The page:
The NAD C 268 Stereo Power Amplifier (MSRP $899) is a Class D amplifier offering two 80W stereo channels of output power into 8 or 4 ohms—making it an ideal choice for medium-sized tower speakers—or 300W for mono when bridged with another unit.
Though it is much simpler than the C 658 and does not include a preamp, it, too, contains some tricks up its sleeve, including your choice of balanced or single-ended inputs and a trim control. A generous power supply ensures that the amplifier has ample dynamic power with very low distortion or noise.
The passive, three-way PSB Imagine X2T Tower Speakers (MSRP $1,399/pair) utilize a dual front-ported design with a titanium dome tweeter, one 5 1/4” midrange driver, and two 6 1/2” woofers. The drivers are manufactured from clay/ceramic reinforced injection molded polypropylene. The speakers support bi-amping with four binding posts per speaker, but potential buyers should be aware that the C 268 power amplifier only offers one output per channel and cannot be used for bi-amping on its own.
In order to gain useful information about each individual component’s sound, we separated and compared them individually to the other listening setups in our studio.
NAD C 658
We tested the NAD C 658 network audio streamer on Wi-Fi against a Mac mini server (2018) running the Qobuz native app with the PreSonus Studio 1810c USB-C DAC. Both were connected via single-ended input to the Cyrus ONE HD integrated amplifier and Monitor Audio Silver 50 bookshelf loudspeakers with SVS SB-1000 subwoofer.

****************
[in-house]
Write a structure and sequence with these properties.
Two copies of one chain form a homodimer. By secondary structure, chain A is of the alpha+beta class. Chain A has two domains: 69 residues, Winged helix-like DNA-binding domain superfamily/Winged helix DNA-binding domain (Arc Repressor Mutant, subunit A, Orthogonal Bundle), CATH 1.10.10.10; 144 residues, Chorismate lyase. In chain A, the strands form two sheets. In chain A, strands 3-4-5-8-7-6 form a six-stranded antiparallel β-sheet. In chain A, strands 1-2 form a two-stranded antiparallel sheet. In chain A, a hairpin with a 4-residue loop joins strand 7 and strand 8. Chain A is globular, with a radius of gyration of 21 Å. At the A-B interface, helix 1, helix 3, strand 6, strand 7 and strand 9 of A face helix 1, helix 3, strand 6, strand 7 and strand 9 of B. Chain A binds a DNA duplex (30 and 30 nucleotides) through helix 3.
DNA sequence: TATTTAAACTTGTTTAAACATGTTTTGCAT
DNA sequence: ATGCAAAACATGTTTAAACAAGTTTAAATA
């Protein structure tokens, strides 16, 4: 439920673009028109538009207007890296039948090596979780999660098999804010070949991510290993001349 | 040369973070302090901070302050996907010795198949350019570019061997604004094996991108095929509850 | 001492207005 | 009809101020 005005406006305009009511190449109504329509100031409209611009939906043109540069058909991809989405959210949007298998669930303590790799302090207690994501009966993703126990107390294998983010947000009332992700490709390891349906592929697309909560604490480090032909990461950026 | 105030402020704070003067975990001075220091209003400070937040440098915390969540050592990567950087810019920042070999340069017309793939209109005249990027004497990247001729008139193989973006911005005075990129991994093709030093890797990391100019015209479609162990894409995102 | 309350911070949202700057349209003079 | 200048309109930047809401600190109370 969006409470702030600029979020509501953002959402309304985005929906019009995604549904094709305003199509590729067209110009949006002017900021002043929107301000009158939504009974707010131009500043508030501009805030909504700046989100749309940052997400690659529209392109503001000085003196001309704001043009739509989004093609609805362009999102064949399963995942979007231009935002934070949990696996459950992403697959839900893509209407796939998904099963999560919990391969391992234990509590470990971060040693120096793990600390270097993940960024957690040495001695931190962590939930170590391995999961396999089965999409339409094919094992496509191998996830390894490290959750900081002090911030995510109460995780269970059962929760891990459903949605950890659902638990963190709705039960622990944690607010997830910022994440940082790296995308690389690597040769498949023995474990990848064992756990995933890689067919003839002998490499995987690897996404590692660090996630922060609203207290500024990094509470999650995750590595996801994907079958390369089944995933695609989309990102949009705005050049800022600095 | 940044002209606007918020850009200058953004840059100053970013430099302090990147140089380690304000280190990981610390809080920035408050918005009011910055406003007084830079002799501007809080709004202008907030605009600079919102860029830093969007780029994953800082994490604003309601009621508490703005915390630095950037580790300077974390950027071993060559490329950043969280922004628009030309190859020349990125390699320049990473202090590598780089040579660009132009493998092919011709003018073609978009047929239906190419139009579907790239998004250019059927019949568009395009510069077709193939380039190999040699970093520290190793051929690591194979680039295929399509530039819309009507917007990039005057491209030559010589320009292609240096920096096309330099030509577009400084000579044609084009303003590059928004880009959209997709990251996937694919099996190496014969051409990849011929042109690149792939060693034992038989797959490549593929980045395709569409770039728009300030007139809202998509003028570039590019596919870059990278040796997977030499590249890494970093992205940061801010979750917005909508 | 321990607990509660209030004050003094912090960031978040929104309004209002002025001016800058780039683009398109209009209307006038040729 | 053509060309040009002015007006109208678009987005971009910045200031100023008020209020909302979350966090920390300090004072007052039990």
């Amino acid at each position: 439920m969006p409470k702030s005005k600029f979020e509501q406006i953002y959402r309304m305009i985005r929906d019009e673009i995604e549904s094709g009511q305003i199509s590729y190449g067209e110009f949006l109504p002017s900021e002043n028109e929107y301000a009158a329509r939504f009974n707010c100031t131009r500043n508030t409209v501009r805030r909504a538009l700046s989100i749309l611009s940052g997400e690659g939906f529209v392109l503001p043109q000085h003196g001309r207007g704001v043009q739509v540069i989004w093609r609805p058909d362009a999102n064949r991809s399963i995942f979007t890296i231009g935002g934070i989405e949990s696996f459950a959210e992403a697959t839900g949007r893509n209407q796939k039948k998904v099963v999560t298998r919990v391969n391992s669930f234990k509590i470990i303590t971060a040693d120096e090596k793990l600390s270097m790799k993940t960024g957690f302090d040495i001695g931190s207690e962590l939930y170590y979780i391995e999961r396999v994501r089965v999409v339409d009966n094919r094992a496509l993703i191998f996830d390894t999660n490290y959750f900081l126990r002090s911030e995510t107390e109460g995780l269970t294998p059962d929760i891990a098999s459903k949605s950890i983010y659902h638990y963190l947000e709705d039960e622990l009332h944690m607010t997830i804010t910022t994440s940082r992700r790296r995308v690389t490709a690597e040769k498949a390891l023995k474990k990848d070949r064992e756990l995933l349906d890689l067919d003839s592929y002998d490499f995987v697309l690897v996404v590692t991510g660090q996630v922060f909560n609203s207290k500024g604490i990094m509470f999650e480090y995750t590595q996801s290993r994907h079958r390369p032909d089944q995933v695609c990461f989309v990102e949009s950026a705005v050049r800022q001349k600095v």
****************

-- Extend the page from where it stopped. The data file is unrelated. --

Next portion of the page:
For the purposes of this review, we did not test the gigabit ethernet connection. A wired ethernet connection, however, usually results in a more stable network signal and optimized sound as compared to the wireless components in most gear.
The C 658 improves upon our desktop setup in two distinct and significant ways: its streaming components are designed and implemented specifically for low-noise and high-performance audio, and its DAC is implemented with the streaming circuit in mind. We expected it to run rings around our system’s noisy USB outputs and operating system, and indeed it did in the Qobuz US studio.
Beginning with Illinois Jacquet’s 1956 release Swing’s the Thing, the benefits of using a network audio streamer rather than a computer quickly became obvious. The low-noise, audio-optimized C 658 provides a cleaner and more defined soundstage, more detail, and more lifelike dynamics than our USB DAC streaming setup.
Highly dynamic and detailed recordings benefit more from the streamer as compared to modern rock, electronic, and other heavily compressed genres. For example, Vampire Weekend’s Modern Vampires of the City (2013) gains only subtle benefits from the C 658 compared to our other setup, whereas Alfa Mist’s 2019 Qobuzissime-awarded Structuralism—a modern jazz masterpiece—gains a noticeably more immersive and defined soundstage.